Talks against backdrop of China’s refusal to pull back its troops from all 4 stand-off sites
With no let-up in tension on the Line of Actual Control (LAC) in Ladakh, the Corps Commanders of Indian and Chinese armies will meet again on Tuesday. It will be their third round of parleys since June 6 to de-escalate and disengage at the volatile border with China yet to pull back its troops despite an agreement to do so.
The proposed talks between Lt General Harinder Singh and Major General Liu Lin will be held on the Chushul border meeting point on Tuesday morning, sources said here on Monday.
The first round was held on June 6 and the second on June 22. In both the sessions, the two sides agreed to keep all lines of communication open to defuse tension after the bloody clash on June 15 in the Galwan valley.
The talks come against the backdrop of the Chinese refusal to pull back its troops from all the four stand-off sites in Eastern Ladakh including the Galwan valley, Pangong Tso (lake), Hot Springs and Gogra. Both the armies are in an eyeball to eyeball confrontation at these points for the last 40 to 45 days since the first face-off on May 5.
In the June 6 parleys, the two commanders agreed to mutually retreat in a gradual manner from the stand-off sites. India also insisted that status quo ante prior to May 5 be restored with Chinese troops going back to their positions across the LAC.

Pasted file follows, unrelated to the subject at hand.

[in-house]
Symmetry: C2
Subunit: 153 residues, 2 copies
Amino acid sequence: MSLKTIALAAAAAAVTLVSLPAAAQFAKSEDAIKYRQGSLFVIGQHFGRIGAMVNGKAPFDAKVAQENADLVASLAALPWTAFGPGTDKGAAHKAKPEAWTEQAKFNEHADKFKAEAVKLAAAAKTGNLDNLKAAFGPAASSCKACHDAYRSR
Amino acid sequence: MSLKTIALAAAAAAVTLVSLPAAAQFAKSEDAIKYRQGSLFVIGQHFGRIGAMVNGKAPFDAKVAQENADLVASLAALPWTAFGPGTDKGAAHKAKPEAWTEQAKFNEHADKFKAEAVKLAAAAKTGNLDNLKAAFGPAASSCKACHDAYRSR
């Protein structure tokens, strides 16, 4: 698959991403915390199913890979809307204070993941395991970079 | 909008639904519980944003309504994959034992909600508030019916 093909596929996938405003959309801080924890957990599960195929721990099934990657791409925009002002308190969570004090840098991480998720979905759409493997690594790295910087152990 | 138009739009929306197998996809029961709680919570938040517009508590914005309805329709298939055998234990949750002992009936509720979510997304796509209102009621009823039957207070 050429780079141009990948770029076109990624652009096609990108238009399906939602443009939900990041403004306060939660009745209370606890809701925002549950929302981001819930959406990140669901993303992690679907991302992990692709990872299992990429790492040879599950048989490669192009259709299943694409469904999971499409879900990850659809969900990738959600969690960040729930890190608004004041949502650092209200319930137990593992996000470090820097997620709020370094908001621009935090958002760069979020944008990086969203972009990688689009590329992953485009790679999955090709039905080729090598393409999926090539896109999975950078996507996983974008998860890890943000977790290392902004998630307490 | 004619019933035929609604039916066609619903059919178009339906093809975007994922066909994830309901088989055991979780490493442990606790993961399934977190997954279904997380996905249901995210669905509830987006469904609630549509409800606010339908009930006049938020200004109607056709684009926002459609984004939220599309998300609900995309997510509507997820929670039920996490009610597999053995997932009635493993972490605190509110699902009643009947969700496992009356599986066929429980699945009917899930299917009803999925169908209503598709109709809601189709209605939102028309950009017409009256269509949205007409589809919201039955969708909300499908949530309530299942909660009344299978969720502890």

The Chinese troops are reported to have intruded into the Indian territory in the Galwan valley, Hot Springs and Pangong Tso.
Lately, the Chinese have stepped up their activities in the Depsang Valley, too, further heightening tension. This area saw a four-week stand-off in 2013. India has a strategically important advanced landing ground or airfield Daulat Beg Oldie here besides the 250-km long important road link from Shyok to Daulat Beg Oldie.
At the second round of talks on June 22, the two sides had come to a “mutual consensus” to disengage along the LAC and modalities for disengagement from all friction areas in Eastern Ladakh were discussed, sources said. However, there has been no progress since then.
The security establishment here is now readying itself for a long haul with China not budging and continuing with military build-up forcing India also to take adequate measures to guard the 4,000-km long LAC stretching from Ladakh in the west to Arunachal Pradesh in the east.
Sources said any semblance of disengagement and de-escalation is not likely before the onset of winter. Given the harsh weather and terrain, both the armies drastically curtail their patrolling of the LAC during the winter months, they said.